OBJECTIVE To evaluate effects of position, time in that position, and positive end-expiratory pressure on ground-glass opacity caused by physiologic atelectasis on lung CT images and to determine effects of recumbency position before CT. ANIMALS 6 healthy Beagles. PROCEDURES In a crossover study, dogs were placed in 4 positions (sternal, dorsal, right lateral, and left lateral recumbency) for 2 holding times (30 and 60 minutes). Dogs were then repositioned in sternal recumbency, and CT was performed at 2 positive end-expiratory pressures (0 and 15 mm Hg). Location, distribution, and degree of ground-glass opacities were evaluated on lung CT images. Volume and mean density of the lungs and ground-glass opacities as well as maximum density of ground-glass opacities were evaluated. RESULTS Ground-glass opacities were mainly observed in parts of the lungs that were dependent during the various positions before CT, except for sternal recumbency. Opacities were reversible and decreased or disappeared after lung inflation. Ground-glass opacities were observed most frequently and had greatest severity when dogs were positioned in left lateral recumbency before CT. Ground-glass opacities were negligible for dogs positioned in sternal recumbency before CT. CONCLUSIONS AND CLINICAL RELEVANCE Location and reversibility of ground-glass opacities may help clinicians distinguish whether they are attributable to atelectasis or a result of pathological changes. Dogs should be positioned in sternal recumbency to minimize the occurrence of ground-glass opacities, particularly when several procedures are performed before CT, which increases the time that a dog will remain in the same position.

  8. [Effects of nitrogen and water addition on soil bacterial diversity and community structure in temperate grasslands in northern China].

    PubMed

    Yang, Shan; Li, Xiao-bing; Wang, Ru-zhen; Cai, Jiang-ping; Xu, Zhu-wen; Zhang, Yu-ge; Li, Hui; Jiang, Yong

    2015-03-01

    In this study, we measured the responses of soil bacterial diversity and community structure to nitrogen (N) and water addition in the typical temperate grassland in northern China. Results showed that N addition significantly reduced microbial biomass carbon (MBC) and microbial biomass nitrogen (MBN) under regular precipitation treatment. Similar declined trends of MBC and MBN caused by N addition were also found under increased precipitation condition. Nevertheless, water addition alleviated the inhibition by N addition. N addition exerted no significant effects. on bacterial α-diversity indices, including richness, Shannon diversity and evenness index under regular precipitation condition. Precipitation increment tended to increase bacterial α-diversity, and the diversity indices of each N gradient under regular precipitation were much lower than that of the corresponding N addition rate under increased precipitation. Correlation analysis showed that soil moisture, nitrate (NO3(-)-N) and ammonium (NH4+-N) were significantly negatively correlated with bacterial evenness index, and MBC and MBN had a significant positive correlation with bacterial richness and evenness. Non-metric multidimensional scaling (NMDS) ordination illustrated that the bacterial communities were significantly separated by N addition rates, under both water ambient and water addition treatments. Redundancy analysis (RDA) revealed that soil MBC, MBN, pH and NH4+-N were the key environmental factors for shaping bacterial communities.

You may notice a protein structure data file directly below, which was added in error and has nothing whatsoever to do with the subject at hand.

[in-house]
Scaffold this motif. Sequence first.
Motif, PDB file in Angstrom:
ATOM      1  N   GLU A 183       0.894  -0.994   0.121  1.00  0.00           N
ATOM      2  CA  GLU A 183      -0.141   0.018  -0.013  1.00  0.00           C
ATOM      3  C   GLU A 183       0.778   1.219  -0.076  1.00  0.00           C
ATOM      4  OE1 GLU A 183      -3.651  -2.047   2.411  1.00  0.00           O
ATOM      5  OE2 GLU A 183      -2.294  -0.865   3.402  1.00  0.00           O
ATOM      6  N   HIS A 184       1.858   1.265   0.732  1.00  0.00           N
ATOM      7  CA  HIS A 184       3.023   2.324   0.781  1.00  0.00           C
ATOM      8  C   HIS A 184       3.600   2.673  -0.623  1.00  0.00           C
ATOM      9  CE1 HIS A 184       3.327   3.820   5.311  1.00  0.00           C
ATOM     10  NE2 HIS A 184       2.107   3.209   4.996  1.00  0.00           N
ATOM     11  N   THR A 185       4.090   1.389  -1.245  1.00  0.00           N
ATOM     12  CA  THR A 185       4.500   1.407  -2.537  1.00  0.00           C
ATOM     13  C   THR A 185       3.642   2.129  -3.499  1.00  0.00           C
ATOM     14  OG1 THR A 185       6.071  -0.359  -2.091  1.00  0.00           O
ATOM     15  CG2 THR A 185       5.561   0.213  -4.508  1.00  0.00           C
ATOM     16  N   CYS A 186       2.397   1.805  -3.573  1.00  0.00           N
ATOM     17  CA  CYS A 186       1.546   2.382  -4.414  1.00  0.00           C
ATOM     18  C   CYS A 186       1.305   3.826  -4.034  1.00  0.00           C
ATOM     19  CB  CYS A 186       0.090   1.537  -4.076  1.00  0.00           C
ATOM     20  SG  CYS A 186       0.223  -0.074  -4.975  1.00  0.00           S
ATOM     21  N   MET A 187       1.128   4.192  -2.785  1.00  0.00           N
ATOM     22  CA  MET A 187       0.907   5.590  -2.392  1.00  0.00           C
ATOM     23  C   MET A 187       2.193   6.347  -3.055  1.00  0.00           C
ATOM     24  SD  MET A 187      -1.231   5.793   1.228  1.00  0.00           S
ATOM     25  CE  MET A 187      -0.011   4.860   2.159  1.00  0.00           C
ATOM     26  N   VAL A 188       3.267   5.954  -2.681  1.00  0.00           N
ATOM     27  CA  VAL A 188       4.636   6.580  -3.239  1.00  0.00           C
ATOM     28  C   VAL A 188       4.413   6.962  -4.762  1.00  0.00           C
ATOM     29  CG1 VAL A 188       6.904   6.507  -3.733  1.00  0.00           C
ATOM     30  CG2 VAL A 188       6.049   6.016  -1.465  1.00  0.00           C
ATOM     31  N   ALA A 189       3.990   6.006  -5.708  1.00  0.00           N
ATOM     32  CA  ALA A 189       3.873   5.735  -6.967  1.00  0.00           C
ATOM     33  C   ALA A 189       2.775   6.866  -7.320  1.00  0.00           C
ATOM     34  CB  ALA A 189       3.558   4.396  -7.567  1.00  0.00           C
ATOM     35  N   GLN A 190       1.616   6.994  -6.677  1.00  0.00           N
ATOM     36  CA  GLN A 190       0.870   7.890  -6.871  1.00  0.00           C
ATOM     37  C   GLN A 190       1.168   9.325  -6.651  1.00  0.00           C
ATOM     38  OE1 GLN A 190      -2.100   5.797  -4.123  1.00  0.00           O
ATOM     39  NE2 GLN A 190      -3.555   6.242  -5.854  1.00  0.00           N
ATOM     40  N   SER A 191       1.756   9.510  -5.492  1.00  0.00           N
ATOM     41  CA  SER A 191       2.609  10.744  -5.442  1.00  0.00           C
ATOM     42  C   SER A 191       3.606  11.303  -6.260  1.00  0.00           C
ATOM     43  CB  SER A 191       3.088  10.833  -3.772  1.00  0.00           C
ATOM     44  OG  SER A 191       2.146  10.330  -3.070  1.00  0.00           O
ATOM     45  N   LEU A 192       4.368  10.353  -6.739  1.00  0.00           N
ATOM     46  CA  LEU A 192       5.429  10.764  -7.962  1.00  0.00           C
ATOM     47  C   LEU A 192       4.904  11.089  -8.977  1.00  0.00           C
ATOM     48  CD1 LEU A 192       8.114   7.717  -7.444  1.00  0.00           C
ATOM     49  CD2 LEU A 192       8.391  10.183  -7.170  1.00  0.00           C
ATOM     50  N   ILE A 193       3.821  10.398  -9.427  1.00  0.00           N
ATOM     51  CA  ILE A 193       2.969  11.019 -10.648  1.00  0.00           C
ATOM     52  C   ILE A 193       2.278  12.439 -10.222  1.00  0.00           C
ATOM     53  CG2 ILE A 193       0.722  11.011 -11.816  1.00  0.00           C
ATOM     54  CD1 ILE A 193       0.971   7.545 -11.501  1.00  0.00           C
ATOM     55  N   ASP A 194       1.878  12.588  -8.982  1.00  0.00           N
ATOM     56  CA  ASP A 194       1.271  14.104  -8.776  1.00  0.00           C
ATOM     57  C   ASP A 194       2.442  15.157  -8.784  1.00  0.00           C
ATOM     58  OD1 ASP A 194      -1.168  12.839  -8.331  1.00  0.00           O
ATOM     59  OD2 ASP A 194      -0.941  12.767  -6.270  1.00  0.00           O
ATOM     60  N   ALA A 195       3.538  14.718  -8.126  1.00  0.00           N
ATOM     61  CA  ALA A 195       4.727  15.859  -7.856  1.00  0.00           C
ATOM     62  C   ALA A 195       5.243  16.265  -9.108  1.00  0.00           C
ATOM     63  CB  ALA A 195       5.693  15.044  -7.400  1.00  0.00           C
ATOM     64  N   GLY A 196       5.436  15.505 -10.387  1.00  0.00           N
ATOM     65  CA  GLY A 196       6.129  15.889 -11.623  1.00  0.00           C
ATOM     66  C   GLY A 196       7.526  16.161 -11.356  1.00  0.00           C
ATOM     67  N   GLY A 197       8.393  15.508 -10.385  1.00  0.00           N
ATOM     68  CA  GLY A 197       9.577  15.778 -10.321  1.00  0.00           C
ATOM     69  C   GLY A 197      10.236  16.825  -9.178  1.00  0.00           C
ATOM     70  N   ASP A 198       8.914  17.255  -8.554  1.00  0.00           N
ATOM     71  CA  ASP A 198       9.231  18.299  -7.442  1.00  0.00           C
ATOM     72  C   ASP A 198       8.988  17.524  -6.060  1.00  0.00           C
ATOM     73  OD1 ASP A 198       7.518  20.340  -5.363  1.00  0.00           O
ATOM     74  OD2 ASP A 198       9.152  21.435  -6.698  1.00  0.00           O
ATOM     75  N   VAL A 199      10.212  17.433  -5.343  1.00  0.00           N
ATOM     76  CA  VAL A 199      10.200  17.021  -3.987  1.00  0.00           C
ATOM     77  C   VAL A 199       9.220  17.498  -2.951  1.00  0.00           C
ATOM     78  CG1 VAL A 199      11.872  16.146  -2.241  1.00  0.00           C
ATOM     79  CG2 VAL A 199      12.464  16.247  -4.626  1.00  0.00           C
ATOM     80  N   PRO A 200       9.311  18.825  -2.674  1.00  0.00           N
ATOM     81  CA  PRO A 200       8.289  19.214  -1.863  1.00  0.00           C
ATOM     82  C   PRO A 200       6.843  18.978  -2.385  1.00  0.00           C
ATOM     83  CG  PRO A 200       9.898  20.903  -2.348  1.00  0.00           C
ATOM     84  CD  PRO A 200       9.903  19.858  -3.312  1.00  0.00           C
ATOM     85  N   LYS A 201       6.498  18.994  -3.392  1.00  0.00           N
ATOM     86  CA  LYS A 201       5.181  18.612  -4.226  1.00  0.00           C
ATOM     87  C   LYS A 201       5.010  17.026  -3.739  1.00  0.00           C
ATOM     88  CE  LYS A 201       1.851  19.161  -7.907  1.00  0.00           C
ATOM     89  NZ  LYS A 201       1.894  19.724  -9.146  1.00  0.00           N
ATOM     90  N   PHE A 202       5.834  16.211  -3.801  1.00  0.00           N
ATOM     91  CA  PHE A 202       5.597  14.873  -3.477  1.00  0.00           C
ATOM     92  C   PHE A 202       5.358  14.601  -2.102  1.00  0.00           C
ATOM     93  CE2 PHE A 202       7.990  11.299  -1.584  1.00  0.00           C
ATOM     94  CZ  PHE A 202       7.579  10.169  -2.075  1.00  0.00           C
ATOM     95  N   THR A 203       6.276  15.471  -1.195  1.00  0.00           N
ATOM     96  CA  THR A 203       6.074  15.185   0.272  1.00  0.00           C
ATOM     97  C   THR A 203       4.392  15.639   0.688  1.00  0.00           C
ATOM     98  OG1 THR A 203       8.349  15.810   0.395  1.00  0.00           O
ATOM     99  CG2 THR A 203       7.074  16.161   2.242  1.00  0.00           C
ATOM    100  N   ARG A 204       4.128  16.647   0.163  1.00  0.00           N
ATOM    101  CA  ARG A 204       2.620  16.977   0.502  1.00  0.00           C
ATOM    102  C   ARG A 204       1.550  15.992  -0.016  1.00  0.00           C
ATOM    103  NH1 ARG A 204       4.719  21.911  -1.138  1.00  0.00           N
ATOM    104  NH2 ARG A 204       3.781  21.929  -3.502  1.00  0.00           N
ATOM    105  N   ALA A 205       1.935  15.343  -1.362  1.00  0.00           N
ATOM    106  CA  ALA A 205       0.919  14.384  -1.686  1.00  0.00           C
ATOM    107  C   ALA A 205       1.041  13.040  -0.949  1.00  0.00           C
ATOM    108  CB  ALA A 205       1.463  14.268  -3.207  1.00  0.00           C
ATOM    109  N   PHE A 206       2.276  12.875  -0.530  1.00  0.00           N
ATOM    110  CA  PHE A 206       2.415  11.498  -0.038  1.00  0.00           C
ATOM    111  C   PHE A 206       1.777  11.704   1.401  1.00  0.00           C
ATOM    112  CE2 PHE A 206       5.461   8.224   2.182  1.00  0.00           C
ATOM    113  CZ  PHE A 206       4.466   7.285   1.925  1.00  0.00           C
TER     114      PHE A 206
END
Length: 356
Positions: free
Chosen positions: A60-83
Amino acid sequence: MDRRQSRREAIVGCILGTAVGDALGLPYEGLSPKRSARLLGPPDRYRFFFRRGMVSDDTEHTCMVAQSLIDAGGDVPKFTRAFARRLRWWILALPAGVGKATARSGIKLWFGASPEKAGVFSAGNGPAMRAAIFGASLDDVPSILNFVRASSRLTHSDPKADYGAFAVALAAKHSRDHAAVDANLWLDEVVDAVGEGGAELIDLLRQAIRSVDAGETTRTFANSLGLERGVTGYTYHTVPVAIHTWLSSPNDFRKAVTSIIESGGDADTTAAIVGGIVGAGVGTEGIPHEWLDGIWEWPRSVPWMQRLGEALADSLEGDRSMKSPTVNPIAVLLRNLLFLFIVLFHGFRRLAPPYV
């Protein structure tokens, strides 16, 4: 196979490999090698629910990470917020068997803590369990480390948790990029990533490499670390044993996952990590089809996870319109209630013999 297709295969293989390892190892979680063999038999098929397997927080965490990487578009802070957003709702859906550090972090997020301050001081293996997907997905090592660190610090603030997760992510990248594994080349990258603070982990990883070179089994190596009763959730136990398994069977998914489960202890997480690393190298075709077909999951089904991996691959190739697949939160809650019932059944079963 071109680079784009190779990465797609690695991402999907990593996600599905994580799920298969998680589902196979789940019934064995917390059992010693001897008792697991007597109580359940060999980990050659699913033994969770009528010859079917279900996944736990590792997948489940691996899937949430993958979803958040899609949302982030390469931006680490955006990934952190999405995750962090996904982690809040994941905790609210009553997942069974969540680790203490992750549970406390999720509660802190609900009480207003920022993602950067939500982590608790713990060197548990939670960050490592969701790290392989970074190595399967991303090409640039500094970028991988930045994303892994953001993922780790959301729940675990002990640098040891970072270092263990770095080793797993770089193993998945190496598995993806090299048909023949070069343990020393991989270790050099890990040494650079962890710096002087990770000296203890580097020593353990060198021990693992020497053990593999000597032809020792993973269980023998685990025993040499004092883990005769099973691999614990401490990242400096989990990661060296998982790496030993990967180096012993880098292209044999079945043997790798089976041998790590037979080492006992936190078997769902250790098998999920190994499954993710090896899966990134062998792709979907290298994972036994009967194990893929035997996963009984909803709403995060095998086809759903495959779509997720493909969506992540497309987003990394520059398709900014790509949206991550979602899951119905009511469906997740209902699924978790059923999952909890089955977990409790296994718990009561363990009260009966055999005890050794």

9. The Positive Effects of Trait Emotional Intelligence during a Performance Review Discussion – A Psychophysiological Study

    PubMed Central

    Salminen, Mikko; Ravaja, Niklas

    2017-01-01

    Performance review discussions of real manager–subordinate pairs were examined in two studies to investigate the effects of trait emotional intelligence (EI) on dyad member’s felt and expressed emotions. Altogether there were 84 managers and 122 subordinates in two studies using 360 measured and self-reported trait EI. Facial electromyography, and frontal electroencephalography (EEG) asymmetry were collected continuously. Manager’s high trait EI was related to increased positive valence emotional facial expressions in the dyad during the discussions. The managers also had more EEG frontal asymmetry indicating approach motivation, than the subordinates. In addition, actor and partner effects and actor × partner interactions, and interactions between the role and actor or partner effect of trait EI were observed. Both actor and partner trait EI were related to more positive self-reported emotional valence. The results imply that trait EI has a role in organizational social interaction.